But the U.S. Court of Appeals for the District of Columbia is scheduled to hear a case Friday that could decide whether construction on the $500 million project must stop.
In a landscape made up of rolling hills and shades of green, the Costco-sized structure is already hard to miss. Dump trucks come and go from the site right off Interstate 5, just 15 minutes north of Portland. A large crane looms over carefully assembled steal beams that make up the casino’s walls.
“Construction’s going well. The weather has not impacted us and the steel is up and you’ll start to see the roof,” said Kara Fox-LaRose, the future casino’s president and general manager.
Fox-LaRose works for the business arm of the Mohegan Tribe, which owns casinos in Connecticut and Pennsylvania. She said the Cowlitz casino will be a destination complete with views of the snow-capped Cascades.
“That will include 100,000 square fee of gaming space, which will be inclusive of 2,500 slots, 80 table games, 15 different restaurants, bars and retail outlets and a 2,500-seat meeting and entertainment venue,” Fox-LaRose said.
With all this construction and millions of dollars already spent, the Cowlitz and their investors are taking a gamble.
The U.S. Court of Appeals for the District of Columbia isn’t considering the question of the casino. Gerald Torres, a professor of Indian Law at Cornell Law School, said if the Cowlitz lose, it could jeopardize the tribe’s plans.
“They wouldn’t necessarily lose their land, but what they would lose is the trust status of the land,” he said. “If they lost the trust status of the land, then they would lose the ability to build a casino on the land.”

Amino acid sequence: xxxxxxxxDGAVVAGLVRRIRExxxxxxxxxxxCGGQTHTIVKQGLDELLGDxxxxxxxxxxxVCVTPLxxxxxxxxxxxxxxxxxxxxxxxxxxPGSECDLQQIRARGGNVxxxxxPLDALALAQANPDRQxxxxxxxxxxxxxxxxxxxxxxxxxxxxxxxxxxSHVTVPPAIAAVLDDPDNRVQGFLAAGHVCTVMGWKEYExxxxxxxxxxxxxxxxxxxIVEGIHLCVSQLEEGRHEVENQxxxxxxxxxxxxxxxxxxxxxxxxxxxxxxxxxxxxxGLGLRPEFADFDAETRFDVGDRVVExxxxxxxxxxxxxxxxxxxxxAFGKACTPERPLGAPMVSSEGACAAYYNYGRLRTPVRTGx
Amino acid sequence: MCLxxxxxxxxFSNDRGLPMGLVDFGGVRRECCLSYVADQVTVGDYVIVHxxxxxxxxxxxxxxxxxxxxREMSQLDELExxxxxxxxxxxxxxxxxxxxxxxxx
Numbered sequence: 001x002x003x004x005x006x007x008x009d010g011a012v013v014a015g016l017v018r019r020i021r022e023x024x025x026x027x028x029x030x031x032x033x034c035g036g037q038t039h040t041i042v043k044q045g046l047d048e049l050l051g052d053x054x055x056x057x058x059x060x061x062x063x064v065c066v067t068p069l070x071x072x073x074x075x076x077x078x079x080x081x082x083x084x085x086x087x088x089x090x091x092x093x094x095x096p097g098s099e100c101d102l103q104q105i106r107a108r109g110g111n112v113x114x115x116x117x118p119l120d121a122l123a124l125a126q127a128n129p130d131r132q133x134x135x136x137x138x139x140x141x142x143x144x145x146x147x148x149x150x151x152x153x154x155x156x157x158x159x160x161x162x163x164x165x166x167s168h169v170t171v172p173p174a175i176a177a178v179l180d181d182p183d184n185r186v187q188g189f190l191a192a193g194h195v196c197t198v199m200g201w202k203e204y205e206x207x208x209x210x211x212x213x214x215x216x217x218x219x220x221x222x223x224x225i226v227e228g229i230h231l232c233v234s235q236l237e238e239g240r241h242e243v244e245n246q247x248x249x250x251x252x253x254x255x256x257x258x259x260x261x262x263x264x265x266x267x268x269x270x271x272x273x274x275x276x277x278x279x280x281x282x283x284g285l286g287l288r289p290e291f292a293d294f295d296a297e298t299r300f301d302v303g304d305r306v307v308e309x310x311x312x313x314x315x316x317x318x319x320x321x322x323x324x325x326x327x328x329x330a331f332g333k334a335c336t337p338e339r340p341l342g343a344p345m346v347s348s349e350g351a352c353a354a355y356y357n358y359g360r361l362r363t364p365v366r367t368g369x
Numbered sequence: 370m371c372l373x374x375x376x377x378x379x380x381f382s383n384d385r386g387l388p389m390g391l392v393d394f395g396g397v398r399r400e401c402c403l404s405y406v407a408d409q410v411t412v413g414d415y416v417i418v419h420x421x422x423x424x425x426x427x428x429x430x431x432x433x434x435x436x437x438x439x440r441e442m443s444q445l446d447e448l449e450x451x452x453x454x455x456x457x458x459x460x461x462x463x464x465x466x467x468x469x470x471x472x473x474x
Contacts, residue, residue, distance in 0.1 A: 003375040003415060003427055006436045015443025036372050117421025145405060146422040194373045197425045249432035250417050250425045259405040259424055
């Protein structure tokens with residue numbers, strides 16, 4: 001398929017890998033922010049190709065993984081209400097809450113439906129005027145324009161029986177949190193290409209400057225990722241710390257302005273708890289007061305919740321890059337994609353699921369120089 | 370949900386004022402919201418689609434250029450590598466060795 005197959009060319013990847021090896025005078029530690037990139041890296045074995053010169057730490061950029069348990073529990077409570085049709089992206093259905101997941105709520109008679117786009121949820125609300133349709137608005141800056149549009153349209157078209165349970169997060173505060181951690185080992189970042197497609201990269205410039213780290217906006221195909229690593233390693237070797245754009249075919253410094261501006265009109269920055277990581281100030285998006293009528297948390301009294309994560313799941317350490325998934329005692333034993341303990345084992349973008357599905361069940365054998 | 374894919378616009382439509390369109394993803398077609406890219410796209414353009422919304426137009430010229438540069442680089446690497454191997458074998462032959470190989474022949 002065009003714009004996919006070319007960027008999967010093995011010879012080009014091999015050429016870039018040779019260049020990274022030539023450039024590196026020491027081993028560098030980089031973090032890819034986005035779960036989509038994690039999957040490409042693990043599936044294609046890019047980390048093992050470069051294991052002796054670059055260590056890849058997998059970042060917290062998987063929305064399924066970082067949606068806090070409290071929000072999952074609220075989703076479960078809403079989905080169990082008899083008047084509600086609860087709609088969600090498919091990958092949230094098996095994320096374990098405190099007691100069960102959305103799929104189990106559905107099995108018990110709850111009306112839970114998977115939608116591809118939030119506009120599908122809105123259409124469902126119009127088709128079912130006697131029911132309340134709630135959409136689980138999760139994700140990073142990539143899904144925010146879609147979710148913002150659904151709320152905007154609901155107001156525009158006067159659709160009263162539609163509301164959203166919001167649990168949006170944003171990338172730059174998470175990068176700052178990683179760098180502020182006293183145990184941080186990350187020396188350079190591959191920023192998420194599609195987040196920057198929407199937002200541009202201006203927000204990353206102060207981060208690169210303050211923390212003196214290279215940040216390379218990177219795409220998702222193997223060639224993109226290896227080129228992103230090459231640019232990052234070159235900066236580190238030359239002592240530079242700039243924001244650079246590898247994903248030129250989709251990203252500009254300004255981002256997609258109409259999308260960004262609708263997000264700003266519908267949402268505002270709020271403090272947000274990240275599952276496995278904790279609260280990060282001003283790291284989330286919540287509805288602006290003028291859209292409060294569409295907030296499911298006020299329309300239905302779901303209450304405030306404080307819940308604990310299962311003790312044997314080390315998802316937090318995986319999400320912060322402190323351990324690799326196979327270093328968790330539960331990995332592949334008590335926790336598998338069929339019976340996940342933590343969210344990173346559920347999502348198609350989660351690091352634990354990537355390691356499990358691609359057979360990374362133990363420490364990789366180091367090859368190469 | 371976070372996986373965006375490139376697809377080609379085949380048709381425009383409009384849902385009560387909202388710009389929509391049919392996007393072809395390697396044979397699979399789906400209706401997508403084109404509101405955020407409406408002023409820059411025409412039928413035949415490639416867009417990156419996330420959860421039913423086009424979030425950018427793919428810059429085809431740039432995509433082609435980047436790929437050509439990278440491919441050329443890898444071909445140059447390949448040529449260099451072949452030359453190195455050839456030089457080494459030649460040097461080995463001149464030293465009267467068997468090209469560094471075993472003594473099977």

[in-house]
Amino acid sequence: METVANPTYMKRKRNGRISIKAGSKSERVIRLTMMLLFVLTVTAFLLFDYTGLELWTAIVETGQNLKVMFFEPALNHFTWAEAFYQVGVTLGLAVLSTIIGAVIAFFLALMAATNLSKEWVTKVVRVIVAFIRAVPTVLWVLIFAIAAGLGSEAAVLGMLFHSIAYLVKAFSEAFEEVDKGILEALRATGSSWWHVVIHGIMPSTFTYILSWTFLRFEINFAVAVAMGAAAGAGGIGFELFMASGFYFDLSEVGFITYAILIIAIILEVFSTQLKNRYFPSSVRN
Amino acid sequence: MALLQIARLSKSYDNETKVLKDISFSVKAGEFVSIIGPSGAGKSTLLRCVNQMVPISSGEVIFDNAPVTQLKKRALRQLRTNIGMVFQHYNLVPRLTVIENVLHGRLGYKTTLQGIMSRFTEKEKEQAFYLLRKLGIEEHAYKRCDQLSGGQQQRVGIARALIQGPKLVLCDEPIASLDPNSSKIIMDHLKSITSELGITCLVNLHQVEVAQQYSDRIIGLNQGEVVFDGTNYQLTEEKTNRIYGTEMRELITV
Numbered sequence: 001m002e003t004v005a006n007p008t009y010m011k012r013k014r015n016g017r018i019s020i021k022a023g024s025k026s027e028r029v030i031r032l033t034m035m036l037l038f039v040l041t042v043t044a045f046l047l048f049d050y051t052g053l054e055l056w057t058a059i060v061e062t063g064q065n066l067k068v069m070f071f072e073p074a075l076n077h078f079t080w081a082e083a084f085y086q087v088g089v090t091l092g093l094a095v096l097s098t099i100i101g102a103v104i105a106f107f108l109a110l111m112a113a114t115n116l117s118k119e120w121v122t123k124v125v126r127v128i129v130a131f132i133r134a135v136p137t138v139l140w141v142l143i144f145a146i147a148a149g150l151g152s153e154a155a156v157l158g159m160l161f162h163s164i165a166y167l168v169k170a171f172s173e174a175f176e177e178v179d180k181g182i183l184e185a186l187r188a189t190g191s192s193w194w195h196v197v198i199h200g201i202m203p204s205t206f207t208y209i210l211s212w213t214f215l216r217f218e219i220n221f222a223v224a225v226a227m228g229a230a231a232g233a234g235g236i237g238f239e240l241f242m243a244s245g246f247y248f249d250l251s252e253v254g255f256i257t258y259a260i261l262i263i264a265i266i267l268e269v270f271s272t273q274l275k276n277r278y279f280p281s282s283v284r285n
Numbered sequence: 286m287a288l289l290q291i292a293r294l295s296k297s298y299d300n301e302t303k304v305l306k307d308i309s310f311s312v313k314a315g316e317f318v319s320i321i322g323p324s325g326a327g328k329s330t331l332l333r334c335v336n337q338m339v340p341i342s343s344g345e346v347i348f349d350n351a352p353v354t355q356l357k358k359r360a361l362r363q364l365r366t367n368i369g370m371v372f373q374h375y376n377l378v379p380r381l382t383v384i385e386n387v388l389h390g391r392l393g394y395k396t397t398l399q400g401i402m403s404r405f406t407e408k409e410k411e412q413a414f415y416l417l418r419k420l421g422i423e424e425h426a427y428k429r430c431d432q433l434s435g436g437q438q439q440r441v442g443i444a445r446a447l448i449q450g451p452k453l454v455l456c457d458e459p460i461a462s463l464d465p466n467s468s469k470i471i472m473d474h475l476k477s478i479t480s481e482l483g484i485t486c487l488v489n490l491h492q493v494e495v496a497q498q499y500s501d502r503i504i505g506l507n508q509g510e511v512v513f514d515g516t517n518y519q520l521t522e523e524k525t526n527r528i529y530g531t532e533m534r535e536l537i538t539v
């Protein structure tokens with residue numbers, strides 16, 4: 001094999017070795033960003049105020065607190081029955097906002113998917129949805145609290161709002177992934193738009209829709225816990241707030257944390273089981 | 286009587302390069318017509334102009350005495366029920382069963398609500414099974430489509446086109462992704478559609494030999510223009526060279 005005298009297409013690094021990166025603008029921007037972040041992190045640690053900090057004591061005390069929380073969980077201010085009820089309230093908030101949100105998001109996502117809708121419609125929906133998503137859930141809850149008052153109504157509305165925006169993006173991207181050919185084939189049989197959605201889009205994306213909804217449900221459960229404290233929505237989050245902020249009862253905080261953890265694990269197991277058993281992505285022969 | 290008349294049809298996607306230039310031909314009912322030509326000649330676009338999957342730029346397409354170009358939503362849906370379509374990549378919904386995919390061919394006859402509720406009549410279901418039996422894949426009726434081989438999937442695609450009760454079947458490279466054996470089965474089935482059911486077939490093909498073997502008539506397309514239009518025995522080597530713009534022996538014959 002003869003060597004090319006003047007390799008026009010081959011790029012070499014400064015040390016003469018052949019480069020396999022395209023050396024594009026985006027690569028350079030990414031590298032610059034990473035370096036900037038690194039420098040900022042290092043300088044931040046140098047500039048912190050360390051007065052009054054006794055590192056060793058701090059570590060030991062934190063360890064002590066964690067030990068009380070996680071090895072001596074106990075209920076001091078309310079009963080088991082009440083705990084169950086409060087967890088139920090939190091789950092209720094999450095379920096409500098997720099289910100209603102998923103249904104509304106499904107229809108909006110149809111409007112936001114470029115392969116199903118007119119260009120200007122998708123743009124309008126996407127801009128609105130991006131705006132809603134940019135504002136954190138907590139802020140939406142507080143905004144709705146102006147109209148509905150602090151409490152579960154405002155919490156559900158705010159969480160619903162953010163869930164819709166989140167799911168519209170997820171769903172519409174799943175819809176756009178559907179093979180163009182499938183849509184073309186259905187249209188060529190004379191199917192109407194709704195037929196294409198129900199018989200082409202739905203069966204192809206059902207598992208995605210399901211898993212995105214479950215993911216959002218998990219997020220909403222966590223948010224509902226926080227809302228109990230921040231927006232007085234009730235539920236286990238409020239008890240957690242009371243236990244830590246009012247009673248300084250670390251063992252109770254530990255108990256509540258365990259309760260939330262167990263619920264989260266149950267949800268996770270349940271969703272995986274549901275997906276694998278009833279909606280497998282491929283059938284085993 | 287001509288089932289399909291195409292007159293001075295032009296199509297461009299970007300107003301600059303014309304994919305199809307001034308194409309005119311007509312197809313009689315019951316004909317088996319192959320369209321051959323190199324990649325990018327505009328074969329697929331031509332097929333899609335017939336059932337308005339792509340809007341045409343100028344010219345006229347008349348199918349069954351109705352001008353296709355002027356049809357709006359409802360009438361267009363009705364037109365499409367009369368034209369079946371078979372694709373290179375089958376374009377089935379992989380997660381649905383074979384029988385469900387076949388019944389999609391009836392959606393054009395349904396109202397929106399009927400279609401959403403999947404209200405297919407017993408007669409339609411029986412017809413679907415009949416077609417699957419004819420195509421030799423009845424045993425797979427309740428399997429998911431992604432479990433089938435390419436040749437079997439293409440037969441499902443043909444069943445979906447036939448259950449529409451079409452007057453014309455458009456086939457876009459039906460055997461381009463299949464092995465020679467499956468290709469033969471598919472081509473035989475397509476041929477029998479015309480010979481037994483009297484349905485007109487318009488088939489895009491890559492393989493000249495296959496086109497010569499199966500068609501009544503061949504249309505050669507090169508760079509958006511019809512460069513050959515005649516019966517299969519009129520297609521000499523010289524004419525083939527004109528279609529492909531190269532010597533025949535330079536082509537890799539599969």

Back in 1934, Congress passed the Indian Reorganization Act. This case focuses on three words in that law.
“It’s complicated because what the term ‘under federal jurisdiction’ means is not by itself crystal clear,” Torres said.
The Supreme Court has ruled that the U.S. Department of Interior can take land into trust for tribes that were “under federal jurisdiction” as of 1934. But they haven’t specified precisely what those three words mean.
The Cowlitz weren’t officially recognized by the federal government until 2002. But Justice Stephen Breyer issued a concurring opinion in a 2009 case that went a bit further. He wrote that “under federal jurisdiction” could, along with formal federal recognition, include less formal forms of acknowledgement, such as a treaty between a tribe and the government.
In December 2014, a U.S. District Court judge used that rationale to give the Cowlitz what they wanted: land in southwest Washington build a casino.
And it’s that decision that is being appealed.
“(The judge) felt that ‘under federal jurisdiction’ meant not necessarily federal recognition, but showing other indicia, such as relationships that you have with the federal government,” said Heidi McNeil Staudenmaier, who practices Native American and gaming law in Phoenix, Arizona.
“The Appeals Court may have a different interpretation,” she said. “Did the tribe have to be federally recognized as of 1934?”
The Confederated Tribes of Grand Ronde, the city of Vancouver and Clark County all oppose the Cowlitz casino.
For the Grand Ronde, it’s about competition. Local government leaders worry about taxes and traffic. Clark County is asking the appeals court to stop construction immediately.
But so far the backers of the Cowlitz casino seem unfazed by the appeal.
“Currently, there’s no impact to the project, this legal challenge we’re facing,” said Fox-LaRose, casino general manager. “We’re still scheduled to open. Our plan is to continue to move forward with construction scheduled to open next year.”
Given Clark County’s request to stop work, the Court of Appeals could rule within days. If not, a ruling could take months while construction on the casino continues.